; they have the capability of conveying intended meaning without any words. Along with an effective user mental model capture and the right affordance, usability seldom goes towards the dark side.

But what if icons make us misjudge their meaning?

Nielsen Norman Group says:

There are a few icons that enjoy mostly universal recognition from users. The icons for home, print, and the magnifying glass for search are such instances. Outside of these examples, most icons continue to be ambiguous to users due to their association with different meanings across various interfaces. This absence of a standard hurts the adoption of an icon over time, as users cannot rely on it having the same functionality every time it is encountered.

So here is my experience. We often add attachments to our emails several times a day. The most recognised icon to attach is the universal ‘pin’ icon.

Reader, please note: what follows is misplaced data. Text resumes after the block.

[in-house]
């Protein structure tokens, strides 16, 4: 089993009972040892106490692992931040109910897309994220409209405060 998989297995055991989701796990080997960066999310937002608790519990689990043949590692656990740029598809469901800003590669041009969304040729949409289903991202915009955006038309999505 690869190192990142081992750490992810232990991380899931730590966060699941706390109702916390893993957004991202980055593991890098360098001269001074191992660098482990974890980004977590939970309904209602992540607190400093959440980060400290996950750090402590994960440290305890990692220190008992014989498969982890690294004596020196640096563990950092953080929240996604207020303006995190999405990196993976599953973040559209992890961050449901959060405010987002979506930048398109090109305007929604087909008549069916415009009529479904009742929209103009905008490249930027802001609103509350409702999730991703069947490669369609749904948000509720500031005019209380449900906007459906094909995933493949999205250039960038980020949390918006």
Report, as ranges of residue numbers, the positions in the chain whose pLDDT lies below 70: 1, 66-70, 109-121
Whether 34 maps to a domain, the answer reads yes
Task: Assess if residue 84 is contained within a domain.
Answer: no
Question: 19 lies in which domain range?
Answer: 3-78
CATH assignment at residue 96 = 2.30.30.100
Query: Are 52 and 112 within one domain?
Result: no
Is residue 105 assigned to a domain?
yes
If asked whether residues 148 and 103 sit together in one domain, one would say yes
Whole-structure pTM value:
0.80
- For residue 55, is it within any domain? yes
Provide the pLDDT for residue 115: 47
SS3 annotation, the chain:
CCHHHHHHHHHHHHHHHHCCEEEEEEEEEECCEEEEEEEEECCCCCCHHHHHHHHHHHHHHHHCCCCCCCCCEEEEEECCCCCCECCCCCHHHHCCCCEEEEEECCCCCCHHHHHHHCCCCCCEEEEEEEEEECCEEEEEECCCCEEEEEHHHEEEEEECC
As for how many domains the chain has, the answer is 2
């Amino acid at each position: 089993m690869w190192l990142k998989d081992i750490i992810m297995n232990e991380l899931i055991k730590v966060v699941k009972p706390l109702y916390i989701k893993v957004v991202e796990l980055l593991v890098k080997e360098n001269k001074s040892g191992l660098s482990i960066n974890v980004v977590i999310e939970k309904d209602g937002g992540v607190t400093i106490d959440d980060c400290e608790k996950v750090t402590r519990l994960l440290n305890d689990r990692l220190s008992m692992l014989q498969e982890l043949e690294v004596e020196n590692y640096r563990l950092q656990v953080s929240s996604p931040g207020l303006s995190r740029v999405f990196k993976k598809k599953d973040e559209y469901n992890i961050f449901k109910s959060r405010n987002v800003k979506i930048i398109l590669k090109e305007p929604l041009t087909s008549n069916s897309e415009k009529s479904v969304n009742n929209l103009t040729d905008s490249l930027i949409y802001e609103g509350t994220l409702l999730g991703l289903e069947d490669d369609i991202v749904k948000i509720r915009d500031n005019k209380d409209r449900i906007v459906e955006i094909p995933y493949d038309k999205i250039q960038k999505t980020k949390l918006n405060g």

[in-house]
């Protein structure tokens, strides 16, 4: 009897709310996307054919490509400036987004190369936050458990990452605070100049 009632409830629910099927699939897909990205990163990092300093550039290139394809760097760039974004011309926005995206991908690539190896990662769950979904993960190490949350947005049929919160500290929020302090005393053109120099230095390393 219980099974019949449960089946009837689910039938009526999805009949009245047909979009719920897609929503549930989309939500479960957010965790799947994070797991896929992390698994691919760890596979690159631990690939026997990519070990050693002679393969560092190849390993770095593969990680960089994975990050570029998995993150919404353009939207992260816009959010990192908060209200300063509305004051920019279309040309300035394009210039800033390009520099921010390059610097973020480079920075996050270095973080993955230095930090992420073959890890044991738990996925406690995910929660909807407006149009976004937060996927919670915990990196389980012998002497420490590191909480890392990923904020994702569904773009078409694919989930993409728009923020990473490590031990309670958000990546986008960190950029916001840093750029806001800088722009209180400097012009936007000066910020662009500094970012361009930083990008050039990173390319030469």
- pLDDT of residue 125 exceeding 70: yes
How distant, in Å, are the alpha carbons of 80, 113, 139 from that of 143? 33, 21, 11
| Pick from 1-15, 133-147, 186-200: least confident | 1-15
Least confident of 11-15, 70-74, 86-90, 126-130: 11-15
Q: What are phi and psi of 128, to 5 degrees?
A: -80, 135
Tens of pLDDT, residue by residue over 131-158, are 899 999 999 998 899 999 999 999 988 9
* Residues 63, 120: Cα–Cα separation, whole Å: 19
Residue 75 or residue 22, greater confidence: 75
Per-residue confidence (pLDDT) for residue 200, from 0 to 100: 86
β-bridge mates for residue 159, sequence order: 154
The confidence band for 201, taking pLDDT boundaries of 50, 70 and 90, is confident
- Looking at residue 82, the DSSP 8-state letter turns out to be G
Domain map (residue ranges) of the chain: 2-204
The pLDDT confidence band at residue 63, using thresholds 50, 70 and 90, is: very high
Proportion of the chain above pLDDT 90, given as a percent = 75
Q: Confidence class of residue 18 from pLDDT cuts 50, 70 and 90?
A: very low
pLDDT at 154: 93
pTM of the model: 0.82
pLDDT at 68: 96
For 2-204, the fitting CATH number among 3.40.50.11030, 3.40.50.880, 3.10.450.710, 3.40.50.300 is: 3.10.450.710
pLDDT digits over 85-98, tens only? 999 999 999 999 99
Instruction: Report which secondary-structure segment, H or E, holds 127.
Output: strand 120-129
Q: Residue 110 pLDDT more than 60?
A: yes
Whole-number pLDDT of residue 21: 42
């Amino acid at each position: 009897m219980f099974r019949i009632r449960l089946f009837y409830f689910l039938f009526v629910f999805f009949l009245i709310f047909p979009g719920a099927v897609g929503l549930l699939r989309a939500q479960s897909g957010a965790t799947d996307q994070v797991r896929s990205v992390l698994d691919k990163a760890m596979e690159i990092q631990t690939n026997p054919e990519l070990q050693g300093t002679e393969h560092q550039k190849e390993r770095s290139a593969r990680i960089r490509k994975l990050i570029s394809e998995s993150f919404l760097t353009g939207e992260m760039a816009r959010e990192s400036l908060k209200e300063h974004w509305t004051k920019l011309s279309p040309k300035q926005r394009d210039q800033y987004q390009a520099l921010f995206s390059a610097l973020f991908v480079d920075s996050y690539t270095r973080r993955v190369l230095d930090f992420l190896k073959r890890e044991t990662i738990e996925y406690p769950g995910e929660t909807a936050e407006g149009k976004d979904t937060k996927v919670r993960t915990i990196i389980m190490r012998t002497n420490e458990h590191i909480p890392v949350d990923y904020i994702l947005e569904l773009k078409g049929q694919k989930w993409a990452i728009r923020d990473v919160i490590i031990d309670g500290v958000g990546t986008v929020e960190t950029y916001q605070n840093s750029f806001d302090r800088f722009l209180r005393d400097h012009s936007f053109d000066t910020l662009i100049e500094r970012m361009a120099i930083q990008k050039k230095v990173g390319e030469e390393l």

But one particular thing has caught my eye recently.

Add link icon adjacent to Attach Files Icon. Confusing?

In Gmail, when I have to attach a file, due to the visual similarity and adjacent placement of Attach Files icon and Insert Link icon, I often click on the link icon instead of Attach icon and it makes me really frustrated.

So after I click on the Add link icon by mistake, there is no way but to close the pop-out overlay and then click on the ‘correct’ Attach files icon for adding my precious files.

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